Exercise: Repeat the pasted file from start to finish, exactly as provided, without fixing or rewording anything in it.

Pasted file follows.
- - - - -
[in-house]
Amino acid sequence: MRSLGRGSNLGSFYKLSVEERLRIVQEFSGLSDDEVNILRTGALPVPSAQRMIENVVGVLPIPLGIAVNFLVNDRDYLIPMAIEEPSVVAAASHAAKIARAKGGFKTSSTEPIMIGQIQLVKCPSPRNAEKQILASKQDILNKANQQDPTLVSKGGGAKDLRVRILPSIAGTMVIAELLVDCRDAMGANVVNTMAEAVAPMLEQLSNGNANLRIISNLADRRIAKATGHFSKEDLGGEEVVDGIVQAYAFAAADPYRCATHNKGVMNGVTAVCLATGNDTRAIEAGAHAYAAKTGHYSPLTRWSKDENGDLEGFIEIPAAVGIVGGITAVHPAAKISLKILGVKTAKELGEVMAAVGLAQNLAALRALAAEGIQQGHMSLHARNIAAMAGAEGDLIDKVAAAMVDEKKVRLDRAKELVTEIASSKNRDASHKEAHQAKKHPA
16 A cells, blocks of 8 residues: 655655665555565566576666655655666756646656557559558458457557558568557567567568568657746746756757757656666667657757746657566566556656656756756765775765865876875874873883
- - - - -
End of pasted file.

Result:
[in-house]
Amino acid sequence: MRSLGRGSNLGSFYKLSVEERLRIVQEFSGLSDDEVNILRTGALPVPSAQRMIENVVGVLPIPLGIAVNFLVNDRDYLIPMAIEEPSVVAAASHAAKIARAKGGFKTSSTEPIMIGQIQLVKCPSPRNAEKQILASKQDILNKANQQDPTLVSKGGGAKDLRVRILPSIAGTMVIAELLVDCRDAMGANVVNTMAEAVAPMLEQLSNGNANLRIISNLADRRIAKATGHFSKEDLGGEEVVDGIVQAYAFAAADPYRCATHNKGVMNGVTAVCLATGNDTRAIEAGAHAYAAKTGHYSPLTRWSKDENGDLEGFIEIPAAVGIVGGITAVHPAAKISLKILGVKTAKELGEVMAAVGLAQNLAALRALAAEGIQQGHMSLHARNIAAMAGAEGDLIDKVAAAMVDEKKVRLDRAKELVTEIASSKNRDASHKEAHQAKKHPA
16 A cells, blocks of 8 residues: 655655665555565566576666655655666756646656557559558458457557558568557567567568568657746746756757757656666667657757746657566566556656656756756765775765865876875874873883